I've been watching (studying) this forum since I've started my assignment - about
an year ago. Now that I've passed the certification and I think the least I can do is to
share my story.
My assignment was the URLyBird 1.2.1 which I'm considering now and easy task as the
DB interface version allows doesn't complicate the network design - the corner stone
of the whole application.
Thinking back, the best way to start working on the application is to study very carefully
the core j2eepatterns: http://www.corej2eepatterns.com/catalog.htm. This will allow
to architect the application, starting with the DB
interface from the assignment the other classes and their relations are easy to find.
In my case, I started to see resemblance and use this architecture when I've completed
almost 50% - now I know better .
- Networking: choose RMI since I thought this is adequate to my solution: less classes to implement,
the application addresses to a relative small number of user so it doesn’t require high throughput and
it can be reused within a more complex solution like a web application. Create a simple business layer
(only two methods) in order to unify the access to the two data sources: remote and local file.
- Locking: implement my own locking manager which uses to synchronize threads the plane old object monitor.
Here, I thought that it doesn’t make sense to use the more complex java concurrent APIs and decide to implement
my own lock object.
- Data: choose to decouple the Data interface from the storage dependent code, to implement record caching,
reuse deleted records and use dynamic data base schema load and adapt it to the know predefined schema using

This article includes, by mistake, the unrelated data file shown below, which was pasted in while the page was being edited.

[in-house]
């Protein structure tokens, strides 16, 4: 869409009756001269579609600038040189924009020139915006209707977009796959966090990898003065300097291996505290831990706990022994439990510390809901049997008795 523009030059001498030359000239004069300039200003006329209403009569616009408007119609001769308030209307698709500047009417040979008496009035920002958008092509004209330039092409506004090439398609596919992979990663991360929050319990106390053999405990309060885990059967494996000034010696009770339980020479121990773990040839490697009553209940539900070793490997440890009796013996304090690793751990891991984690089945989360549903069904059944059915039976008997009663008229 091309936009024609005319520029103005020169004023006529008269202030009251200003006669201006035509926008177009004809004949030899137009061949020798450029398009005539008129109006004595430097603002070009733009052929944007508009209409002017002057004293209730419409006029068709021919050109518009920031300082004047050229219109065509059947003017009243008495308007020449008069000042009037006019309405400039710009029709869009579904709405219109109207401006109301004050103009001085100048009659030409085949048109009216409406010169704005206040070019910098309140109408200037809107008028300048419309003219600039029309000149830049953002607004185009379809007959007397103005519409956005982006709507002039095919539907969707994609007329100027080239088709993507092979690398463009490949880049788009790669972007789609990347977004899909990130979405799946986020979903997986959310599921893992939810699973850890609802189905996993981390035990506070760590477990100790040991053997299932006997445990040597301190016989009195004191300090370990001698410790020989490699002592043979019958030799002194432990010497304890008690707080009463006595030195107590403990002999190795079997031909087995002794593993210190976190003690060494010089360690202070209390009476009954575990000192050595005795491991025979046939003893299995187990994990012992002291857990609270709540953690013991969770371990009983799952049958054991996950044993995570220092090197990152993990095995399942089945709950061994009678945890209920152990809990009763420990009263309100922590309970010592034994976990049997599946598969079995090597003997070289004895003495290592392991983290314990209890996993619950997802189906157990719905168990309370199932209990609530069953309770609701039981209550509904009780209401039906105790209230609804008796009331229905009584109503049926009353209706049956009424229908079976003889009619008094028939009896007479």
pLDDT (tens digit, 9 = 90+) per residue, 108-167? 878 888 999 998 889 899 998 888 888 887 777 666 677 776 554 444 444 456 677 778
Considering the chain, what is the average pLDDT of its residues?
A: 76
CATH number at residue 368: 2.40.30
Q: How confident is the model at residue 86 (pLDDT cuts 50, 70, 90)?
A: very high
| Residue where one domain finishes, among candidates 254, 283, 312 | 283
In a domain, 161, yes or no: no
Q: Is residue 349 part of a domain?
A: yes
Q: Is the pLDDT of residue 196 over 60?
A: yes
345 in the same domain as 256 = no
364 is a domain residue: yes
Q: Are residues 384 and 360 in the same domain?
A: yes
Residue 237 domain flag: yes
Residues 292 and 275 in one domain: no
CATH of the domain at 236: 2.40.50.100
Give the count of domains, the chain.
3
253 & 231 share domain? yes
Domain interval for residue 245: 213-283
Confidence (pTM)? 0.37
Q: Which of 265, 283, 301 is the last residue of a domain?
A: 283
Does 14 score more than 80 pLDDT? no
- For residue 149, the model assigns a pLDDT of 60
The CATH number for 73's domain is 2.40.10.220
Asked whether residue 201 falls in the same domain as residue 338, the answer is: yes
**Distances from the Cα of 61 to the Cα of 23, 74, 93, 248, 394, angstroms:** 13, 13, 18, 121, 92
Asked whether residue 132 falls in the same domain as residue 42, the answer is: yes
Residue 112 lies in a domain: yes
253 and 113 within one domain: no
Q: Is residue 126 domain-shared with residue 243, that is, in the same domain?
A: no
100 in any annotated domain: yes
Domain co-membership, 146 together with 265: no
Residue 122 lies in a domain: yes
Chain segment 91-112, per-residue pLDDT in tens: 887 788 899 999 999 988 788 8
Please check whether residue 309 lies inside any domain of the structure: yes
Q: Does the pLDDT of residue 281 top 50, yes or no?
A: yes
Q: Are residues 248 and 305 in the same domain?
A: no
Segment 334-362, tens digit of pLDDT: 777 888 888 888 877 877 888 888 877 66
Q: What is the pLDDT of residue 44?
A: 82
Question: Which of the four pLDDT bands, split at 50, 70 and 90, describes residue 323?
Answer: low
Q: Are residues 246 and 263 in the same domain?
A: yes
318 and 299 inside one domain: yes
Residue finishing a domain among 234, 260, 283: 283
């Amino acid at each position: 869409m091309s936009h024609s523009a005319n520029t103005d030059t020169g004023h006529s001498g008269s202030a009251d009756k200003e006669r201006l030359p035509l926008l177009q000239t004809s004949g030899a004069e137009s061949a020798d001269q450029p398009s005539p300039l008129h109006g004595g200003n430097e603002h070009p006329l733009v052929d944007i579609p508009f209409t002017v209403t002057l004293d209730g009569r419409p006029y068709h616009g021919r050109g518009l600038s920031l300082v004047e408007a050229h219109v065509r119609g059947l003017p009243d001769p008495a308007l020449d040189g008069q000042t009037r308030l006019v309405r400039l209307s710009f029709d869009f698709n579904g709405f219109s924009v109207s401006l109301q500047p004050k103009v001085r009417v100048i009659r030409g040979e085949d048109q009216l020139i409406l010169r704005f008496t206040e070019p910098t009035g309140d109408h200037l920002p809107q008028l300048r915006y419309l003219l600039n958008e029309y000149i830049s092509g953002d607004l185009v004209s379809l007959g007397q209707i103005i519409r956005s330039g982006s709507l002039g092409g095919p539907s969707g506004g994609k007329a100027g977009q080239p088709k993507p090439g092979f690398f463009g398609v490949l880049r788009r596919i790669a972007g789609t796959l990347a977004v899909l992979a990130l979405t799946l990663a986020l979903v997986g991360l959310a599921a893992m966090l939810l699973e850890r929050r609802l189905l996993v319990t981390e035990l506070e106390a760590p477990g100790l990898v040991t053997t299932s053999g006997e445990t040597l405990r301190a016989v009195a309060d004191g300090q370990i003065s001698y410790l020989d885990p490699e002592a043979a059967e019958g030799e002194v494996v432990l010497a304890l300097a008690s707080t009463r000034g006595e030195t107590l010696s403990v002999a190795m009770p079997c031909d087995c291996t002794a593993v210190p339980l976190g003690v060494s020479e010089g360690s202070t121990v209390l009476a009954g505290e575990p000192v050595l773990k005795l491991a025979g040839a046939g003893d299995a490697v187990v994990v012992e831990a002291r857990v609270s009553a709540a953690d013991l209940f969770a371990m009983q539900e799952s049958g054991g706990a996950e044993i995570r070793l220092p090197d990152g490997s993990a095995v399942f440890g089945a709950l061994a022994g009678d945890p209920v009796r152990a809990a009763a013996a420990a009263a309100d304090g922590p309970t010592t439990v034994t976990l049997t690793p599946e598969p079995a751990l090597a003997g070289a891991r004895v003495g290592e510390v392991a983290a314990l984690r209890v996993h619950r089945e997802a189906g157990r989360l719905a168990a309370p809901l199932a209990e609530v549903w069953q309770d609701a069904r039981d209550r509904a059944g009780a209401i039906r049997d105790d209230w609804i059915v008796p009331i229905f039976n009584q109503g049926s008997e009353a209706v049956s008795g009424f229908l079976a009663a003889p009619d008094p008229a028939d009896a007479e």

field name binding.
- UI: here I’ve separated the application context (connection settings, internal settings and connection object)
from the UI - create two different classes. Use MVC to show the records into the table viewer: create the table
model class and the controller to handle the RMI calls and process the results. I’ve invested a lot of time in the
UI in order to very look professional (simple and intuitive): main meniu, status bar, tool tips, shortcut keys for
every input control or action, input verifiers, error & info & warning messages, use a tool bar, record filters,
align&resize controls accordingly and others.
- Comments & JavaDoc & formatting: I’ve commented (and extra commented if it was necessary) every
important block of code especially the locking mechanism - actually there were more comment lines
than actual code lines ).
Add JavaDoc comments for every field/method/class of any kind. Some extra time I’ve spend trying
to format the code and apply strictly every coding style rule.
- Docs: The user guide is a plain text file and contains besides the normal application descriptions
some required items: search examples, shortcut key table and a long list of FAQs. The choices doc is
quite big, about ~35KB, and contains every medium to high important design choice. To help the reviewer
to read and comprehend the decisions I’ve made I’ve carefully formatted document: spaces, new lines,
bullets and added references within the code - within comments eg. //[section.2.2].
Since I’m not a native English speaker I’ve spend a lot of time wording the phrases
so they made sense - a great help was the translate.google web tool.
- Design patterns/methods: MVC, abstract factory, factory method, template method, lazy initialization,
adapter, decorator, facade and iterator.
- Testing: another considerable time I’ve spend developing tests for each class and verify the
functionality of locking mechanism, data access, business layer (locally only the client and the
remote both server and client) like: searching, record locking, . I recommend using unit testing in
order to find difficult to find problems and test the functionality after a big update. To be sure nothing
escapes I’ve run the tests in both Windows and Linux. In the end testing gives you the confidence that
every thing will go as expected on the evaluator's computer.
- ANT: build (application, testing, javadoc) & package the submission
- JUnit: testing
- Checkstyle: to format the java code
- CVS: well you know why...
I’ve submitted the assignment after I’ve “failed” the essay exam - yes I’ve also got an
0% answered questions. After four and half weeks I’ve received the great news.